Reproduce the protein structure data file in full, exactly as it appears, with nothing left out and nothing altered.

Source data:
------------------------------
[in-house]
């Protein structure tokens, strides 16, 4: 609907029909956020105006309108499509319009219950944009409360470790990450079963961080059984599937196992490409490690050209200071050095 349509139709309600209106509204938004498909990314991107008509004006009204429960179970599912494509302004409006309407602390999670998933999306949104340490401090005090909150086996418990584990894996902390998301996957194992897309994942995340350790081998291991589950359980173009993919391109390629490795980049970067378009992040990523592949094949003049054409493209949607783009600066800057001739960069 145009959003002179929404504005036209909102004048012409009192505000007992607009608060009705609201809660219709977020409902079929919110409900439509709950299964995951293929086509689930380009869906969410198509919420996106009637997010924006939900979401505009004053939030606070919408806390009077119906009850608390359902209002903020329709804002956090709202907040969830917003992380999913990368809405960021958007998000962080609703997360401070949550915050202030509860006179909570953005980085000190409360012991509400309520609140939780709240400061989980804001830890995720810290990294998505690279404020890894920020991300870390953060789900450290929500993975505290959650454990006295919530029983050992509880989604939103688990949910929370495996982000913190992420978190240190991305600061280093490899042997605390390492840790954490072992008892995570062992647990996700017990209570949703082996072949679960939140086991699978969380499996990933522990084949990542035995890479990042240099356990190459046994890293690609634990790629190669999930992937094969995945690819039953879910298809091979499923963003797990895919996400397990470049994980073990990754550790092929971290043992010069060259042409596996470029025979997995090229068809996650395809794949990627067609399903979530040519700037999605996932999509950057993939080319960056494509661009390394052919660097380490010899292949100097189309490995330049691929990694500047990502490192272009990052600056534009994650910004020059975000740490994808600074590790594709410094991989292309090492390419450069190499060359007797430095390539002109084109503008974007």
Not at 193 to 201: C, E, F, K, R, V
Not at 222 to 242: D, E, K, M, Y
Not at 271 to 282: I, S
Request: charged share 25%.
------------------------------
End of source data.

[in-house]
């Protein structure tokens, strides 16, 4: 609907029909956020105006309108499509319009219950944009409360470790990450079963961080059984599937196992490409490690050209200071050095 349509139709309600209106509204938004498909990314991107008509004006009204429960179970599912494509302004409006309407602390999670998933999306949104340490401090005090909150086996418990584990894996902390998301996957194992897309994942995340350790081998291991589950359980173009993919391109390629490795980049970067378009992040990523592949094949003049054409493209949607783009600066800057001739960069 145009959003002179929404504005036209909102004048012409009192505000007992607009608060009705609201809660219709977020409902079929919110409900439509709950299964995951293929086509689930380009869906969410198509919420996106009637997010924006939900979401505009004053939030606070919408806390009077119906009850608390359902209002903020329709804002956090709202907040969830917003992380999913990368809405960021958007998000962080609703997360401070949550915050202030509860006179909570953005980085000190409360012991509400309520609140939780709240400061989980804001830890995720810290990294998505690279404020890894920020991300870390953060789900450290929500993975505290959650454990006295919530029983050992509880989604939103688990949910929370495996982000913190992420978190240190991305600061280093490899042997605390390492840790954490072992008892995570062992647990996700017990209570949703082996072949679960939140086991699978969380499996990933522990084949990542035995890479990042240099356990190459046994890293690609634990790629190669999930992937094969995945690819039953879910298809091979499923963003797990895919996400397990470049994980073990990754550790092929971290043992010069060259042409596996470029025979997995090229068809996650395809794949990627067609399903979530040519700037999605996932999509950057993939080319960056494509661009390394052919660097380490010899292949100097189309490995330049691929990694500047990502490192272009990052600056534009994650910004020059975000740490994808600074590790594709410094991989292309090492390419450069190499060359007797430095390539002109084109503008974007």
Not at 193 to 201: C, E, F, K, R, V
Not at 222 to 242: D, E, K, M, Y
Not at 271 to 282: I, S
Request: charged share 25%.